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Writings based on Objectivism, the philosophy of Ayn Rand

Ayn Rand's most popular novels are Atlas Shrugged and The Fountainhead, which present her philosophy, Objectivism, in vivid characterizations.

  Metaphysics, epistemology, ethics, esthetics, and  politics are the five main branches of philosophy that she identifies. Utilizing her methodology, one can be rational about all aspects of life. These essays present my understanding of Objectivism.

Older Essays

This is Your Mind

Independence Day Special 2005

Copyright Issues Statement

Independence Day Special 2011:

 Jesus or Ayn Rand?

Don't Blame Wall Street

Governments and Individual Rights

Anarcho-Capitalism rebuttal

Doctors and Individual Rights

Internet Freedom VS On-line Piracy

Laws Must be Specific to Preserve Freedom

To Students of Objectivism

Kant as Founder of Modern Art

Thinking in Terms of Principles

The Purpose of Art

On Objectivity -- The Method of Thought

Applications of Philosophy

Happiness by a Proper Standard

Morality and War

Induction and Anarchism

Immigration and Applied Egoism

Independence Day 2012:

  Losing the Battle

On Civil Society

Batman and Justice

Paul Ryan and Objectivism

Philosophy in the Workplace

Articulating Freedom

The Argument for Freedom


Black Friday Special, The Morality of Profit

Intellectual Property Rights

How The Internet Works

Carnegie Museum of Art and Natural History

The Morality of Copyrights and Patents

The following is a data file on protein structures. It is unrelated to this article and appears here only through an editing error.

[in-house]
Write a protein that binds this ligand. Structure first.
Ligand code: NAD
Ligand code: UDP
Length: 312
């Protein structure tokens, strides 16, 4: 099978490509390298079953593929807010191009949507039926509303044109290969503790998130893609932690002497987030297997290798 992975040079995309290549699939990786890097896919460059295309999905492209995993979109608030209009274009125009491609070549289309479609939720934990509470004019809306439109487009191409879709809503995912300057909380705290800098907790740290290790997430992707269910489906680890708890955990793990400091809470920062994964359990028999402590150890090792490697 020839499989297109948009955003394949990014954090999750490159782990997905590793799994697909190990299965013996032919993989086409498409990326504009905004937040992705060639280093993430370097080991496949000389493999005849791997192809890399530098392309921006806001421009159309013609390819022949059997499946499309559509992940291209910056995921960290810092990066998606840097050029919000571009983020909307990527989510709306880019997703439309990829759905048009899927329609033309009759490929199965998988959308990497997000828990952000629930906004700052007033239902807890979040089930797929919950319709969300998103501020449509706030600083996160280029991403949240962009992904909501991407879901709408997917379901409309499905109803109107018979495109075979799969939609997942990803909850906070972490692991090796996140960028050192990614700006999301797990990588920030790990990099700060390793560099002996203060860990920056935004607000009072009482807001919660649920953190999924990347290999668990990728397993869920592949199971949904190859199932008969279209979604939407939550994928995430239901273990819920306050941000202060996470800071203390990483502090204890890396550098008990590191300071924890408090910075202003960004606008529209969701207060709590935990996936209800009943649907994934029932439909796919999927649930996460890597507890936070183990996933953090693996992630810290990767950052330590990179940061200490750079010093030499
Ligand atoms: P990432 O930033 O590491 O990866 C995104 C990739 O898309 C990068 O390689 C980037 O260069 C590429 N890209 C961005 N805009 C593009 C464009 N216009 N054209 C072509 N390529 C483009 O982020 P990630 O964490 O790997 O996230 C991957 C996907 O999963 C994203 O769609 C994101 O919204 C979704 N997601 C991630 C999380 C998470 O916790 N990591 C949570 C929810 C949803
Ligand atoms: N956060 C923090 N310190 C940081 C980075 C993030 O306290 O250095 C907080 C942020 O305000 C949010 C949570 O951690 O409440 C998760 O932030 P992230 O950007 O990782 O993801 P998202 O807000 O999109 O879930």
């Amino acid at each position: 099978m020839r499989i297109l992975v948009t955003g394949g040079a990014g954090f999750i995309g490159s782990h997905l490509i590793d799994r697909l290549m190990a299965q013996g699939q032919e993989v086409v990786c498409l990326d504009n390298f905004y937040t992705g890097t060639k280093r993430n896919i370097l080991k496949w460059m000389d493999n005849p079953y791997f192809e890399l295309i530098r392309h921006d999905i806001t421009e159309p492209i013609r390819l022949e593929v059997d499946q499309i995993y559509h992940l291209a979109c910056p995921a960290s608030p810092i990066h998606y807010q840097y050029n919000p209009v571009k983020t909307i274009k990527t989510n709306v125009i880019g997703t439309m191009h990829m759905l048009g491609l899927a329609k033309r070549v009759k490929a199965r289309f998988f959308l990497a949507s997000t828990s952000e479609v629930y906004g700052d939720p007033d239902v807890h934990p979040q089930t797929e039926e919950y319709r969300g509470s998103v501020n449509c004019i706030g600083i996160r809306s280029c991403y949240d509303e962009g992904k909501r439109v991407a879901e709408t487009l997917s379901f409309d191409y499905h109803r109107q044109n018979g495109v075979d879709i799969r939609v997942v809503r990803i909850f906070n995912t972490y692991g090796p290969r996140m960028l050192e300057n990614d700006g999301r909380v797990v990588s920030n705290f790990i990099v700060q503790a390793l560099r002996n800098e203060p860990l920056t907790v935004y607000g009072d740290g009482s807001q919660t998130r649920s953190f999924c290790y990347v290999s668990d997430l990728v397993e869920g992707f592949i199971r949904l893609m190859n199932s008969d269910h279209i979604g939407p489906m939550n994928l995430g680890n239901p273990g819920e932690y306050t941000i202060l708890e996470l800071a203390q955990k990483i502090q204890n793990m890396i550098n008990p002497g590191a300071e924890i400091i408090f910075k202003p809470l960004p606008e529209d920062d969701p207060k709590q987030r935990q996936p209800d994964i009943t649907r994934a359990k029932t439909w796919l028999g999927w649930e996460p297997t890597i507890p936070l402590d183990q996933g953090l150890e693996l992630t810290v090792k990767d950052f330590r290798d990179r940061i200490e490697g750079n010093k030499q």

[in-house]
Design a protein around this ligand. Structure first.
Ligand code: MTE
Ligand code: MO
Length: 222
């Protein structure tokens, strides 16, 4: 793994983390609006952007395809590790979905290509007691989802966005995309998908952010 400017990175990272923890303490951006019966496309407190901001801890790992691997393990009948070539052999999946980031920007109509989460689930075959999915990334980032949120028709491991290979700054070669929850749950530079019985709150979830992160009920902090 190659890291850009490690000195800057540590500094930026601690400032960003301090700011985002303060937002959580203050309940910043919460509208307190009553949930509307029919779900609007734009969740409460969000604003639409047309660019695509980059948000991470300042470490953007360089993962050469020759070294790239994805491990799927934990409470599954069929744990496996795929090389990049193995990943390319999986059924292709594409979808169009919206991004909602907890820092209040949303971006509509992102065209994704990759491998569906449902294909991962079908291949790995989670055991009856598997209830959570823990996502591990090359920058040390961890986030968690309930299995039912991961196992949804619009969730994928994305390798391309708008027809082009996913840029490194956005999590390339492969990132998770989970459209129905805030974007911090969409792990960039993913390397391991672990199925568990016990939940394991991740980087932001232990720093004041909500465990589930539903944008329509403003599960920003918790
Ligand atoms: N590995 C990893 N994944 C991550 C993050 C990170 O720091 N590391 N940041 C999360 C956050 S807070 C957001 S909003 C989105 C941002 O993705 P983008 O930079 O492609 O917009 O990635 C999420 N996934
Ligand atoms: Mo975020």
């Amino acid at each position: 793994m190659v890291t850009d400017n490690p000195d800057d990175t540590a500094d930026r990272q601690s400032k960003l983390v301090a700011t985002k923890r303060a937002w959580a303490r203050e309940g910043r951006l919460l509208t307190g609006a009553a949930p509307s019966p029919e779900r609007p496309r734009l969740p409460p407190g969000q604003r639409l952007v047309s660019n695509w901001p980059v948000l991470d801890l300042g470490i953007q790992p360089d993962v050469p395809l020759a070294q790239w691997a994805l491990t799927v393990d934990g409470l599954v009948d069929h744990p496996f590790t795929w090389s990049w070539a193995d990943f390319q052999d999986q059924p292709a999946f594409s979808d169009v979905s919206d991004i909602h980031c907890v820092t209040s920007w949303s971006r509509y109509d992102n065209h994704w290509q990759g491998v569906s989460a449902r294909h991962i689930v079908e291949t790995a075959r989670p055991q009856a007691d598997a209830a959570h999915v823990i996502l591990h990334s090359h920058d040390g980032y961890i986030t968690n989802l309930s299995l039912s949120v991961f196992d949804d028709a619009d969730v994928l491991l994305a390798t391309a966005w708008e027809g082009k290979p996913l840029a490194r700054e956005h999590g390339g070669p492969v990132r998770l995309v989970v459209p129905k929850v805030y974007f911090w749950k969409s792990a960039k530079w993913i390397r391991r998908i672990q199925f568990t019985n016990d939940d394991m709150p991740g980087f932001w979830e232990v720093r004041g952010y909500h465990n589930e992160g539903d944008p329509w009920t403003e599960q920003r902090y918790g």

Freedom of Speech -- a Sacred Right

Objective Value

Teleological Measurements




Ayn Rand as a Moral Hero

Moral Integrity

On Dualism

Protest NSA Spying

The Objectivist Trilogy

The DIM Hypothesis

Tolerance and DIM

Individual Rights

How We Know



































Date: Tue, 23 Feb 1999
Relativistic Mass
Thomas M. Miovas, Jr.

While I agree that it is improper to define "mass" as "quantity
of matter," I was never taught that this is the way Newton
defined the term. In my research to find Newton's definition of
"mass," it is always defined as "quantity of resistance to
change of motion" (or "quantity of inertia"). This is the way it
is defined in the three physics text books I have at home, and
on the web under searches for Newton and mass. Could you provide
a reference to Newton specifically that defines "mass" as
"quantity of matter"?

The problem with defining "mass" as "quantity of matter" is the
implication that elementary particles (electrons, protons,
neutrons, etc.) are made of various numbers of smaller particles
each having the same mass. For instance, a proton is much more
massive than an electron, so to have the mass it has one would
have to say it is made up of many more "primary" constituents
than the electron (which may be why Lewis made his comment about
Aristotle's prime matter). However, there is no evidence for
this whatsoever.

I prefer the "resistance to change of motion" formulation, and
so I am not against the idea of relativistic mass (which is not
to say I agree with every aspect of Relativity). At high enough
(relative) velocities, it simply becomes more difficult to
change the motion of a body (including particles), which is my
understanding of that aspect of Relativity.

Matt Sissel Fine Art

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Thomas M. Miovas, Jr.



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Proud to be an Objectivist -- one who follows Ayn Rand's philosophy of Objectivism: I've earned it.